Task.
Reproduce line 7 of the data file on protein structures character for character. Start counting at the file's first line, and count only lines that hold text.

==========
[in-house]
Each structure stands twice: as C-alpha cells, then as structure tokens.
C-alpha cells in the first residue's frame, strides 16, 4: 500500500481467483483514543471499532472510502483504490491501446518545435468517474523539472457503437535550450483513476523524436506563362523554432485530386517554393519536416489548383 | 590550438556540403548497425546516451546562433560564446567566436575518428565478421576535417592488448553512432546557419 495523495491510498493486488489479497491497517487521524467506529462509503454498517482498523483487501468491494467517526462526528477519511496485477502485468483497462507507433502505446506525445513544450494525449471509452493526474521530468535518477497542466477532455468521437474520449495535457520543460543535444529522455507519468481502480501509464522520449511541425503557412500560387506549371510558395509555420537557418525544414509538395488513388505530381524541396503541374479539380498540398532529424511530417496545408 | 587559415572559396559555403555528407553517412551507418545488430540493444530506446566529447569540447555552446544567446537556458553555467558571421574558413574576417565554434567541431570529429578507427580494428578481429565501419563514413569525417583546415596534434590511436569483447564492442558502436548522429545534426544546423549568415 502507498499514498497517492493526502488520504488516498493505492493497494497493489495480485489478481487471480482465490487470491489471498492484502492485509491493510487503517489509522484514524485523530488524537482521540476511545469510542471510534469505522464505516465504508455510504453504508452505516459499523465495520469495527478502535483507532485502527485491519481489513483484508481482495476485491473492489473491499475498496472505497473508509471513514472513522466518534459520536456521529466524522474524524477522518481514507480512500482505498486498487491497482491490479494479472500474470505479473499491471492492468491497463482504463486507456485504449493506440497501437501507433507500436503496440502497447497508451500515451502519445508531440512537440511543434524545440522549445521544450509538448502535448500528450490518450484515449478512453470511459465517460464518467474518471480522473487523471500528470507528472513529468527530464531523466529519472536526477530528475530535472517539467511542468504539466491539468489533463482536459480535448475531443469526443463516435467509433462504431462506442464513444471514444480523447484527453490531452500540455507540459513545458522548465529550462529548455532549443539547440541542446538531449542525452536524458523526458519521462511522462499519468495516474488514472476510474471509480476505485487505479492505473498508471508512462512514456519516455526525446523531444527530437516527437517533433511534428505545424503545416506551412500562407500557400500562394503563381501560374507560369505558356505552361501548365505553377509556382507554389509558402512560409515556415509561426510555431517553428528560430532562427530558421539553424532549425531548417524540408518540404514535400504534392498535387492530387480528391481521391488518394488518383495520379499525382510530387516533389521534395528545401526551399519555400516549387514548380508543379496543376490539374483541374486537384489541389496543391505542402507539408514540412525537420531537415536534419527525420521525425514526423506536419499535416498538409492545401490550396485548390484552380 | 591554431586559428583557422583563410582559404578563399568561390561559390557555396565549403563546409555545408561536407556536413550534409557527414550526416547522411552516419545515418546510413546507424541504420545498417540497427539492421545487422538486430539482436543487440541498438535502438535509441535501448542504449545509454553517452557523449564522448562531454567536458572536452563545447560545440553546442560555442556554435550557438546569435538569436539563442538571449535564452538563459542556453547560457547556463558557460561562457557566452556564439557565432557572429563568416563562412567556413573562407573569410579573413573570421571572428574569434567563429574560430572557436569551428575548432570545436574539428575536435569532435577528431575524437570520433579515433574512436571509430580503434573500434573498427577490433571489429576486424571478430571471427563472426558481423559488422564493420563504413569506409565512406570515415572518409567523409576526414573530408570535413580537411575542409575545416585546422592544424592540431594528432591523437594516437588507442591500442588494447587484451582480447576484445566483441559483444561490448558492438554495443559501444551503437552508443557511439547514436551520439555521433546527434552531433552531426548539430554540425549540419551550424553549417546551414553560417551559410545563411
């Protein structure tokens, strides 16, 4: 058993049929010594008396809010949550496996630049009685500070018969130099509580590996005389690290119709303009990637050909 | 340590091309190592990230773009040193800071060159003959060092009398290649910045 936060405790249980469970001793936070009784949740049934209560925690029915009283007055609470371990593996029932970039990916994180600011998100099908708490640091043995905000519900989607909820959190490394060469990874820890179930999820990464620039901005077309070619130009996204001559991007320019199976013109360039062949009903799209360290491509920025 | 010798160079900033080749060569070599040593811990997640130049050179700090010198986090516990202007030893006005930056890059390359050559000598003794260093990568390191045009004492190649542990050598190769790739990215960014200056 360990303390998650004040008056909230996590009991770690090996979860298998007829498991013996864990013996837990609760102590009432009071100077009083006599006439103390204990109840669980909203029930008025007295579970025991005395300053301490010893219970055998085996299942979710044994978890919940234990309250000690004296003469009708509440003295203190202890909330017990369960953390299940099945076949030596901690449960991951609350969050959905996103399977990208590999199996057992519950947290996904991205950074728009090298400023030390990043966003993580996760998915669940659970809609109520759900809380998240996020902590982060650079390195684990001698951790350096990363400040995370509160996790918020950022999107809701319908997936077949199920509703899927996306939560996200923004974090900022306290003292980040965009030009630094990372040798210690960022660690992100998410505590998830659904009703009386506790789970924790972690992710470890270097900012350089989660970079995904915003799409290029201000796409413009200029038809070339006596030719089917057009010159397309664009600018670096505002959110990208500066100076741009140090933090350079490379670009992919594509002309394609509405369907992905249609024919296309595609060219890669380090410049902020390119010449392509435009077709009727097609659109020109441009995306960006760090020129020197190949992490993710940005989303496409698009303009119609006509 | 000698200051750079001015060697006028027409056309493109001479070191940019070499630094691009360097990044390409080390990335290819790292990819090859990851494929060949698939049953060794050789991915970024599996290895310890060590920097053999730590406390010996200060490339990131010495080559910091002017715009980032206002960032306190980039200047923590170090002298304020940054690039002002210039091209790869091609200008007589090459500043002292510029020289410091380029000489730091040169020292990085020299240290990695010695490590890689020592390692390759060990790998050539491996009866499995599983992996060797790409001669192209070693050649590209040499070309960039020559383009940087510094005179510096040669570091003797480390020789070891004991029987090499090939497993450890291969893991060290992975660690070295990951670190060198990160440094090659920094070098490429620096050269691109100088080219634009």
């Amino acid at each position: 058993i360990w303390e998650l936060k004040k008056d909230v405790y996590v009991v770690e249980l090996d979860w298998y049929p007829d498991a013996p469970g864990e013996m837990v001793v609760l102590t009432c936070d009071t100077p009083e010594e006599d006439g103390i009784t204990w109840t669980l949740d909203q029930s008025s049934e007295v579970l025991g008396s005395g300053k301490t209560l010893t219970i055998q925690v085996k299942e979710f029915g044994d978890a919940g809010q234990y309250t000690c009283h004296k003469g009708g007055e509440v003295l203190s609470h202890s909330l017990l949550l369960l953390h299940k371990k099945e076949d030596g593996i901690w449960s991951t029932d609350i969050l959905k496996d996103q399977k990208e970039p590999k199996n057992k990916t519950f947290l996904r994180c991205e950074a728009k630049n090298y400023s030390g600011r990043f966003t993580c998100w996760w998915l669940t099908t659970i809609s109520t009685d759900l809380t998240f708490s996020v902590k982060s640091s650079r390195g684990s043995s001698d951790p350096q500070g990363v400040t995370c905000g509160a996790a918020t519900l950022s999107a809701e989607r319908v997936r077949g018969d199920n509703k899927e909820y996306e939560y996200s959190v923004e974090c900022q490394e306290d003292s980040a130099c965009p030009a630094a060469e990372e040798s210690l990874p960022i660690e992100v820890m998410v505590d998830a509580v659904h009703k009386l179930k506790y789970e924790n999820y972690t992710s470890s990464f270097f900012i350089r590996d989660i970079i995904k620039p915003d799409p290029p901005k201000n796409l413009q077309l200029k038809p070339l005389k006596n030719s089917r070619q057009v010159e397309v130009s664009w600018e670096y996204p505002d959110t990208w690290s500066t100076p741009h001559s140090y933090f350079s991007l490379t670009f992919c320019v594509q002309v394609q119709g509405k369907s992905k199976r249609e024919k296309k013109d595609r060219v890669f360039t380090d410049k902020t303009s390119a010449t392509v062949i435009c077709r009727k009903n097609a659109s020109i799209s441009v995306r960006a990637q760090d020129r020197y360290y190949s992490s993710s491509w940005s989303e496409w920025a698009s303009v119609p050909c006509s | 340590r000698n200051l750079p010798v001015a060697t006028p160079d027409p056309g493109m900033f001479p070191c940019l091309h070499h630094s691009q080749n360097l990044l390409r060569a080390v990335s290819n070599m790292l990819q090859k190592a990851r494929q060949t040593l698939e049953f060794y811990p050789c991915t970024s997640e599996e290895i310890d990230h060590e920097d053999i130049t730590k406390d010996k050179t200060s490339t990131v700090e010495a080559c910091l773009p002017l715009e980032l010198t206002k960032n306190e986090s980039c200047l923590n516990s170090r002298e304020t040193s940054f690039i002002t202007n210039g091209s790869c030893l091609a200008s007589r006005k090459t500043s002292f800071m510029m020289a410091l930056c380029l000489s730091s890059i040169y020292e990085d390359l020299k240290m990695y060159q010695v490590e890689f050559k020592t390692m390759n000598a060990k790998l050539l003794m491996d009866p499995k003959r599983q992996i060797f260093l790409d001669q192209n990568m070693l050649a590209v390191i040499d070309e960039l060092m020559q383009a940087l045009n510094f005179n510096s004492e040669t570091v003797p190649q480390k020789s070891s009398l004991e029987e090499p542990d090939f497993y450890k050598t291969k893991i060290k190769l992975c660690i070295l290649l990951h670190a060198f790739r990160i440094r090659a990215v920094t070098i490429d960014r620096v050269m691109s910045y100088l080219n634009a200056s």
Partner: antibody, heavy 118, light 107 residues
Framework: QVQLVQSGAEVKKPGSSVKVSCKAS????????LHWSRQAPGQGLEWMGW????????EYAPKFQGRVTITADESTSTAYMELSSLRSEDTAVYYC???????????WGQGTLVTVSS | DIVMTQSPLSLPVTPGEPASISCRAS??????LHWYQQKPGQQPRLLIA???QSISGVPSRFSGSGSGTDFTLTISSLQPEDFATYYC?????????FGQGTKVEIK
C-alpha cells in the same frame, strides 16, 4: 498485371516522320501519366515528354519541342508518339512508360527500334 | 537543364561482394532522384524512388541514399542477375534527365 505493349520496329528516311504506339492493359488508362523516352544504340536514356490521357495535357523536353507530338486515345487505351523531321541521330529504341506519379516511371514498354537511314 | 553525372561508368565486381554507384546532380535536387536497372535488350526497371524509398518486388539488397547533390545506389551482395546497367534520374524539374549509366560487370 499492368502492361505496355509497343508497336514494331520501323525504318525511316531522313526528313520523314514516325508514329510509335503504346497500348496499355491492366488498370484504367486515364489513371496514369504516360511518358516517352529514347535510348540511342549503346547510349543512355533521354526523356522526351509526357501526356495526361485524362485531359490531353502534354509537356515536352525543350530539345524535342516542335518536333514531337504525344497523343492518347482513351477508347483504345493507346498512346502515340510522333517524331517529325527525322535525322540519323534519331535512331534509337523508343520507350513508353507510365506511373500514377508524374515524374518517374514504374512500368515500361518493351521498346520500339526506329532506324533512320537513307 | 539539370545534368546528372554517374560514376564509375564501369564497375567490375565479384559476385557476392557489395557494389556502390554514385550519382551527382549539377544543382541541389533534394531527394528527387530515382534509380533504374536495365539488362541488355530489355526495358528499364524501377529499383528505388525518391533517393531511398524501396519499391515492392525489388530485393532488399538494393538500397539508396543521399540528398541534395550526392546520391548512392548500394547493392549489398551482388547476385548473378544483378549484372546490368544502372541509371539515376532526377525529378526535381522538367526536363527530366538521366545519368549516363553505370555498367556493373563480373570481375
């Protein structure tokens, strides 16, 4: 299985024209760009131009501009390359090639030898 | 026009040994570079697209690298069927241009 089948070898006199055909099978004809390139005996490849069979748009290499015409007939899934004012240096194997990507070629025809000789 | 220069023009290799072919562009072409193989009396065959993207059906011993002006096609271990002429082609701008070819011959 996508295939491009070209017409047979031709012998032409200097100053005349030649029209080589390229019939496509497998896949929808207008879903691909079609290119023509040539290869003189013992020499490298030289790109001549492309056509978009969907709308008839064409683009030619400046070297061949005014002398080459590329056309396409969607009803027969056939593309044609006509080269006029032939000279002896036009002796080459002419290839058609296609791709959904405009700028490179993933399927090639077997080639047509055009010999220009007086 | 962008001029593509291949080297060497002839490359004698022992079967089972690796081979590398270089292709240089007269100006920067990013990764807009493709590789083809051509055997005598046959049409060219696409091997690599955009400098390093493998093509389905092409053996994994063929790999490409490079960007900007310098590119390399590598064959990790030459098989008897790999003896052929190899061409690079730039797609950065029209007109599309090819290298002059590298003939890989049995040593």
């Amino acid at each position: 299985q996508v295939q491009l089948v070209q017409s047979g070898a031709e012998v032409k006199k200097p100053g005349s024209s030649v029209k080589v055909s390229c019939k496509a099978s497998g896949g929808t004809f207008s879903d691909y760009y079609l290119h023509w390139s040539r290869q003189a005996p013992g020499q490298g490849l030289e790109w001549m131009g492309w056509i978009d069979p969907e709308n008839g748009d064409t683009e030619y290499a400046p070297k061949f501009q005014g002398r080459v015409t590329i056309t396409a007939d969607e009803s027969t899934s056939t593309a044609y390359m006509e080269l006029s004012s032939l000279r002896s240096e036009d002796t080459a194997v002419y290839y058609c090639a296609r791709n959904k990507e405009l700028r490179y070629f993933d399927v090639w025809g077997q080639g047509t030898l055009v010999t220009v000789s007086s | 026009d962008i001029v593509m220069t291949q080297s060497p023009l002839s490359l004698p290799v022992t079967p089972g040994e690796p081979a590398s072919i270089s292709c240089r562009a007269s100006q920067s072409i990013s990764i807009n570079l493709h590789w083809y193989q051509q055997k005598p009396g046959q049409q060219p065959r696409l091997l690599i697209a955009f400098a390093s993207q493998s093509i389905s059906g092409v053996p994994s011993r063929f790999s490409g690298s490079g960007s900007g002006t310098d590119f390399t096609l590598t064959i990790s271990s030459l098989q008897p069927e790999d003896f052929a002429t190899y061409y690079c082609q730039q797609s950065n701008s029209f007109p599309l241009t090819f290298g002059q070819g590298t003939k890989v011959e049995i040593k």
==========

Framework: QVQLVQSGAEVKKPGSSVKVSCKAS????????LHWSRQAPGQGLEWMGW????????EYAPKFQGRVTITADESTSTAYMELSSLRSEDTAVYYC???????????WGQGTLVTVSS | DIVMTQSPLSLPVTPGEPASISCRAS??????LHWYQQKPGQQPRLLIA???QSISGVPSRFSGSGSGTDFTLTISSLQPEDFATYYC?????????FGQGTKVEIK